Double wildcard "re-exports"... off-limits forever?

Jordan Harband ljharb at gmail.com
Fri Feb 14 07:09:02 UTC 2020


Wouldn't the solution be, don't use `import * as`, but instead, explicitly
import and re-export what you want?

On Thu, Feb 13, 2020 at 8:02 PM Ben Wiley <therealbenwiley at gmail.com> wrote:

> Apologies if this has already been talked about at length at some point. I
> was unable to find much in the way of relevant discussions.
>
> I found a compelling use case for something which seems to be off-limits
> in the JavaScript language, that is wildcard re-exporting where the same
> export name appears in multiple of the export-forwarded imports.
>
> e.g.
> ```
> // a.js
> export const a = 1;
>
> // b.js
> export const b = 2;
>
> // c.js
> export * from './a.js';
> export * from './b.js';
> ```
>
> The ideal use case would be shipping an "override library" that ships all
> the default exports of an upstream library, except it replaces some of them
> with its own overrides. The object-oriented folks might think of it like a
> derived class. This can of course be accomplished alternatively by
> exporting an object which merges all the named exports from each library,
> but the major disadvantage I see is that we would no longer have access to
> tree-shaking, since that object contains *all* of the exports. For a really
> big upstream library, that could make a large difference in kilobytes
> shipped to the browser. So preserving the named exports is desirable.
>
> The protections against double-re-exporting vary. In Chrome and Firefox,
> there are no runtime errors but the duplicated exports will be stripped and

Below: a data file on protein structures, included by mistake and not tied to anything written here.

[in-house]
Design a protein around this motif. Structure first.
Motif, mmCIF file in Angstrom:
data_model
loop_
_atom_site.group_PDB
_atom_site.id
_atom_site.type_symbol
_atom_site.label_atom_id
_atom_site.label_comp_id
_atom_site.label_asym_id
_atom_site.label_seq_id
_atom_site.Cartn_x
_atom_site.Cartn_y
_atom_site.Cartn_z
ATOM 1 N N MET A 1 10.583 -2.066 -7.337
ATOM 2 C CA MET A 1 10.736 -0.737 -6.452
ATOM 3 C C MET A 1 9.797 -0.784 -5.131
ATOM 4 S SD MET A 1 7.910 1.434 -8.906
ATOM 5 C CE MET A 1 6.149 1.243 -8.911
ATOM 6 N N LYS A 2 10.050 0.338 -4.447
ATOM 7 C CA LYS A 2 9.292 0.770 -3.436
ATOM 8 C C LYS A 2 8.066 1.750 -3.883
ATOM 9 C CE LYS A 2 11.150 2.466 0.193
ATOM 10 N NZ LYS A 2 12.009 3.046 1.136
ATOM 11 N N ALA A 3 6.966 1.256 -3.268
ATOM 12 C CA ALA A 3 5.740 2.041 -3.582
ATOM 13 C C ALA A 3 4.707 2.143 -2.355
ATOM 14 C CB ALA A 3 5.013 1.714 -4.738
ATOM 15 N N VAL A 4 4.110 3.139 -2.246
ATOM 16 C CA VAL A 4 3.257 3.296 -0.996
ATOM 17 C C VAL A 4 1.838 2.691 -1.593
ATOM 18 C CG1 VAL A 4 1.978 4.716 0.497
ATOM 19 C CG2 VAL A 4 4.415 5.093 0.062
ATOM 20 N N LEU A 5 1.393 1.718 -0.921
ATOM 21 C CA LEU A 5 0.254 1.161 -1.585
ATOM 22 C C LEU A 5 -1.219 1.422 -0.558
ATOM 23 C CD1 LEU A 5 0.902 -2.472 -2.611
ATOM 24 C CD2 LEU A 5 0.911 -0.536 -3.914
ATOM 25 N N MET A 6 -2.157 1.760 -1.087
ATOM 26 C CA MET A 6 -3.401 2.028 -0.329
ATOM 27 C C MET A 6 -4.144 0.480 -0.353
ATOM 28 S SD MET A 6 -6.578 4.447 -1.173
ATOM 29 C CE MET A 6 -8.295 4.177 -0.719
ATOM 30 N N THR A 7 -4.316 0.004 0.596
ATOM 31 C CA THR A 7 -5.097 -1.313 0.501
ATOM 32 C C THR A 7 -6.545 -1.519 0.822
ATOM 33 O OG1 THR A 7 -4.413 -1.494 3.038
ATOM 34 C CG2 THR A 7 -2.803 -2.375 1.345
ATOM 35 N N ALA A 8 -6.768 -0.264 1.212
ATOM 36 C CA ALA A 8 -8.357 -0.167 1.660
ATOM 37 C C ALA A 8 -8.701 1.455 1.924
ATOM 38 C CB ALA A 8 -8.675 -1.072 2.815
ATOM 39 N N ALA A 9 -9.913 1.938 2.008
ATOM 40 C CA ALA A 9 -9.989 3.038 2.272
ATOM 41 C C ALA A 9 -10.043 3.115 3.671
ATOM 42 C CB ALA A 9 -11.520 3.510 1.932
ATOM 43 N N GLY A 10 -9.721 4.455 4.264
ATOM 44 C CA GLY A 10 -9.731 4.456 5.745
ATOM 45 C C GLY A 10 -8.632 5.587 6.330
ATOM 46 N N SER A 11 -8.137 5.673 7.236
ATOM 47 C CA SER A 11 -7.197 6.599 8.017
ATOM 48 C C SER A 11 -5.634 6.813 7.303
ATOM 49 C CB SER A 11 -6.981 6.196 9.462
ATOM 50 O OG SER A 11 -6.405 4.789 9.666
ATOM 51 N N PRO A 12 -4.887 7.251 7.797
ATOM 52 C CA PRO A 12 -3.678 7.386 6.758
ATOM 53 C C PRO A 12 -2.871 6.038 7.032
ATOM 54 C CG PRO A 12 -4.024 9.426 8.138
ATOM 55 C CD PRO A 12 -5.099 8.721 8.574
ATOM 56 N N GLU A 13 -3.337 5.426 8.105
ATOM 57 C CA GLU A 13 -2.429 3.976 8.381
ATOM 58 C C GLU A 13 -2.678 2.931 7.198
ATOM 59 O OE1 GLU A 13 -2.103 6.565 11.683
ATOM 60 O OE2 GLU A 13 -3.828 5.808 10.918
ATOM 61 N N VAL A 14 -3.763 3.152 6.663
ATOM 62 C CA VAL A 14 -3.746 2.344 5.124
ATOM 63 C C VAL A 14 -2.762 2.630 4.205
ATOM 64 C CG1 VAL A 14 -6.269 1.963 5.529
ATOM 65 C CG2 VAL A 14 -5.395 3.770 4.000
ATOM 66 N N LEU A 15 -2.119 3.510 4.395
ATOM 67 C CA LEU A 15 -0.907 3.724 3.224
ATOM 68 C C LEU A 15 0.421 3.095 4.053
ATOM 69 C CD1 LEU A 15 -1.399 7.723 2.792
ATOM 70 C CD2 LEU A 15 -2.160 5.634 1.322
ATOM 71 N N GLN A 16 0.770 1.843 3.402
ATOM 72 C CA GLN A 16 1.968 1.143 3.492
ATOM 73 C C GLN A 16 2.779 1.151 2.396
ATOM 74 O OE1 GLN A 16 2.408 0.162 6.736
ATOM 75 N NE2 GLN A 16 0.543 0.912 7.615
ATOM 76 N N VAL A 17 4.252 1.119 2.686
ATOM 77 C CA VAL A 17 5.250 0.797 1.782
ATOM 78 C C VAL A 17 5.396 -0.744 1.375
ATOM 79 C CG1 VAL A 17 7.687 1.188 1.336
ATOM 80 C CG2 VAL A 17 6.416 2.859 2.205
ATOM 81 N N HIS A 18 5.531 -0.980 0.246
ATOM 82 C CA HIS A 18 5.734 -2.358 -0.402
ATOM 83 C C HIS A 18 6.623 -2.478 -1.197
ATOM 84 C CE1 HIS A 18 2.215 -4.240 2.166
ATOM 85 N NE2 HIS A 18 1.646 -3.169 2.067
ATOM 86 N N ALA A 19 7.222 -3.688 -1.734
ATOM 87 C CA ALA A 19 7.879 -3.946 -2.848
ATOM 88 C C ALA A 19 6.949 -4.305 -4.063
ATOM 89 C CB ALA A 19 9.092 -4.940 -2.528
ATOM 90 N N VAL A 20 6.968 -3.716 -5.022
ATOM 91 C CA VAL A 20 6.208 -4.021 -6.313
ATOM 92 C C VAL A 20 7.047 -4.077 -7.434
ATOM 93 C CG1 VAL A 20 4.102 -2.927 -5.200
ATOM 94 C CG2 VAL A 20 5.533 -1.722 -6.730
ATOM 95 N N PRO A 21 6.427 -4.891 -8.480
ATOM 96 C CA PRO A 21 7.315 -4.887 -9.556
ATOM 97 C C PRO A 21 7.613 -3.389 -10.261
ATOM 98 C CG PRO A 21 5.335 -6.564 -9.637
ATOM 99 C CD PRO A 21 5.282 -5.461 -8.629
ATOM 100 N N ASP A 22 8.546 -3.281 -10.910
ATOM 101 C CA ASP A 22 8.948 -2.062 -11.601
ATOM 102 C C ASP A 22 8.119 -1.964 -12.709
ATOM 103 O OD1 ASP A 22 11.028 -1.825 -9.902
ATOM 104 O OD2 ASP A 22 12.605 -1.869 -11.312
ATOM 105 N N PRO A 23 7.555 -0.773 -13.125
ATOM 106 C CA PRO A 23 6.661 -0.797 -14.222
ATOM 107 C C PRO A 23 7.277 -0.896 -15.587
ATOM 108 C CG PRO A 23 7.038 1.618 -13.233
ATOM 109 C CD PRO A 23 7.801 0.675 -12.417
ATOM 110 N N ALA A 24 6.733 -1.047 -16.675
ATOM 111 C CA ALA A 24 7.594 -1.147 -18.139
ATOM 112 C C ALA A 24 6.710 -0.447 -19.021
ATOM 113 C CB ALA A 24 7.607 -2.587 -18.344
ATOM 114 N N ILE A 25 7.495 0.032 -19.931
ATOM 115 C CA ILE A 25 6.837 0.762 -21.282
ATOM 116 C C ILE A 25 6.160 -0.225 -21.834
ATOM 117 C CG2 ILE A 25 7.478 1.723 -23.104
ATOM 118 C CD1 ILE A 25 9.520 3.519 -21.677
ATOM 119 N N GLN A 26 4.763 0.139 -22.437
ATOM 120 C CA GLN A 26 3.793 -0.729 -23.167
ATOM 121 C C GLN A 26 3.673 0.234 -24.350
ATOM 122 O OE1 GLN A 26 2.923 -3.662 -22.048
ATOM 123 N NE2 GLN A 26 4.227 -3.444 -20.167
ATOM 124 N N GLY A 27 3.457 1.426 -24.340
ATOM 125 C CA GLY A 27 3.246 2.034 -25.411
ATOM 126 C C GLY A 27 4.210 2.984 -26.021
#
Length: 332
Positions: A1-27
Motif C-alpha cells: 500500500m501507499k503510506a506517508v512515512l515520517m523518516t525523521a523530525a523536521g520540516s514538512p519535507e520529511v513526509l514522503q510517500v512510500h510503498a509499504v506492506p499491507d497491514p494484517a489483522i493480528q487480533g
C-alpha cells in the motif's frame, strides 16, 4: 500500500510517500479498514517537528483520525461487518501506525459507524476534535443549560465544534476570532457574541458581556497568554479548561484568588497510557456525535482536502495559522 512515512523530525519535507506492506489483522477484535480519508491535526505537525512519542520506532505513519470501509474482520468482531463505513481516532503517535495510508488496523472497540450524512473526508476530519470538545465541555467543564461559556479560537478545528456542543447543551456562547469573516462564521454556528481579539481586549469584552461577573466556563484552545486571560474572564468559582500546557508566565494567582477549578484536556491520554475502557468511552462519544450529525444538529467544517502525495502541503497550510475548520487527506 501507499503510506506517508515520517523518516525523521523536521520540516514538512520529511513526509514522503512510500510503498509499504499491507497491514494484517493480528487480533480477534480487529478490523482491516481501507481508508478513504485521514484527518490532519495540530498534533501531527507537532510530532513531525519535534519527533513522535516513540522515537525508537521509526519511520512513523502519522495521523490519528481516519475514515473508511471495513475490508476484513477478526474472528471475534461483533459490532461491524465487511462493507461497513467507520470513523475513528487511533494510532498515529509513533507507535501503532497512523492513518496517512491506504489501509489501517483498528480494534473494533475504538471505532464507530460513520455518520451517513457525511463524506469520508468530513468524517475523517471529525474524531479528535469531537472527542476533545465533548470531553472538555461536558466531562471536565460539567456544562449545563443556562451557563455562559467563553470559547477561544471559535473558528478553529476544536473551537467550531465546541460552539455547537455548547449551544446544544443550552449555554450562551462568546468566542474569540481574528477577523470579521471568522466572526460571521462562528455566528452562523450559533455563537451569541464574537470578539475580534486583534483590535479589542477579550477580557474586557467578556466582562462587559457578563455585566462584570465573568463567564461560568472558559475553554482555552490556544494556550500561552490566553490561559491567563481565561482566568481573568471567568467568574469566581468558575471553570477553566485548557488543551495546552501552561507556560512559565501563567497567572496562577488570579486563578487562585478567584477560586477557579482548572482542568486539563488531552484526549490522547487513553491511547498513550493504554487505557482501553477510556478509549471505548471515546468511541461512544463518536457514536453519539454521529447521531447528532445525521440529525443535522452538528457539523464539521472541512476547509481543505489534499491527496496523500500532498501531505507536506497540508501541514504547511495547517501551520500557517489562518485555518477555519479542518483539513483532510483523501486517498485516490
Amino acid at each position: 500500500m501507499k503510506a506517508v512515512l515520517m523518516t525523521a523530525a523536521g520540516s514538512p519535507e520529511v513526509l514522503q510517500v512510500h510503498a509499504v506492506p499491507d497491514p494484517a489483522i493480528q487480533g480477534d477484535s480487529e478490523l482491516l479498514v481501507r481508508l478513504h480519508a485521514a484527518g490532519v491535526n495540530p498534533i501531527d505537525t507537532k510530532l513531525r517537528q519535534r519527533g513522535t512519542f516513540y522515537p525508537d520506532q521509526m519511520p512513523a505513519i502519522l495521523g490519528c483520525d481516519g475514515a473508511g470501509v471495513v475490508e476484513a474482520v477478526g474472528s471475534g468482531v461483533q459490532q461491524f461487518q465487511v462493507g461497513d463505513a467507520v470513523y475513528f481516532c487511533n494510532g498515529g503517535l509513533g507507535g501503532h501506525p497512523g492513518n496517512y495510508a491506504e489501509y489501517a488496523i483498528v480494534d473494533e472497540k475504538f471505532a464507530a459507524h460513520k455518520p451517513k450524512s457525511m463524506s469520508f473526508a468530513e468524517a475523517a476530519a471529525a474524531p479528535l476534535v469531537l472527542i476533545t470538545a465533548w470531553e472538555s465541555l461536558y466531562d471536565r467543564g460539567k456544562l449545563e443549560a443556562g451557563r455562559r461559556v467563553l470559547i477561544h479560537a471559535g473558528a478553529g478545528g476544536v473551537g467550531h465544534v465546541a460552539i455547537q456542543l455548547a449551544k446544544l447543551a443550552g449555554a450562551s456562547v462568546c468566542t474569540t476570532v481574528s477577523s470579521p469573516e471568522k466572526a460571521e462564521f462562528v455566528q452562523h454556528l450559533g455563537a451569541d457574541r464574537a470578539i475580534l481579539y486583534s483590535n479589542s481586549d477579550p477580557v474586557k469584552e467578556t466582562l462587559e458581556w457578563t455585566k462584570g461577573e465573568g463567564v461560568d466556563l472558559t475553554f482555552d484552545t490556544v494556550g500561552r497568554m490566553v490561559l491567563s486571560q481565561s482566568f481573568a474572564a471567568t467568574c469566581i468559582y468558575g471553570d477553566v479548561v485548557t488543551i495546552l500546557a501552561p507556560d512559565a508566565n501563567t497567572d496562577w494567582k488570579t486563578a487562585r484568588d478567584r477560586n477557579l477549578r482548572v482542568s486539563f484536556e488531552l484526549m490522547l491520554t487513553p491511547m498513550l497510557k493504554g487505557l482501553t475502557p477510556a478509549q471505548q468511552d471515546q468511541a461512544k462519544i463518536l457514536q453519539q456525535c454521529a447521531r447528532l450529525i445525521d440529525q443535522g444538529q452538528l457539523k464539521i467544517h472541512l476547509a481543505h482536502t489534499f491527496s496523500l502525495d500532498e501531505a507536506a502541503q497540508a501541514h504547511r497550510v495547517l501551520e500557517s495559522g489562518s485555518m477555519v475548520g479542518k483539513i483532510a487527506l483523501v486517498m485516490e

> unavailable. If you try Babel or Typescript, the compiler will throw an
> error.
>
> I understand *not* protecting against this could lead to very weird
> debugging situations for unwitting users who didn't realize their wanted
> import was being overwritten, however I'd love if there were a way to say
> "I know what I'm doing, don't stop me." As far as I can immediately tell
> nothing about ES imports would prevent the compiler from being able to know
> the order of precedence for overridden exports, and the "ambiguity" would
> be mainly from the perspective of an unwitting user. I recognize that
> import trees may be processed in parallel, however since code execution is
> delayed until the import tree is complete I would think we could resolve
> any ambiguities by that time. However it's possible I missed something -
> maybe there's a case related to circular imports which ruins this?
>
> Anyway, I wrote up some more detailed thoughts on this problem, and some
> demo code, here:
> https://github.com/benwiley4000/wildcard-export-override-example
>
> Ben
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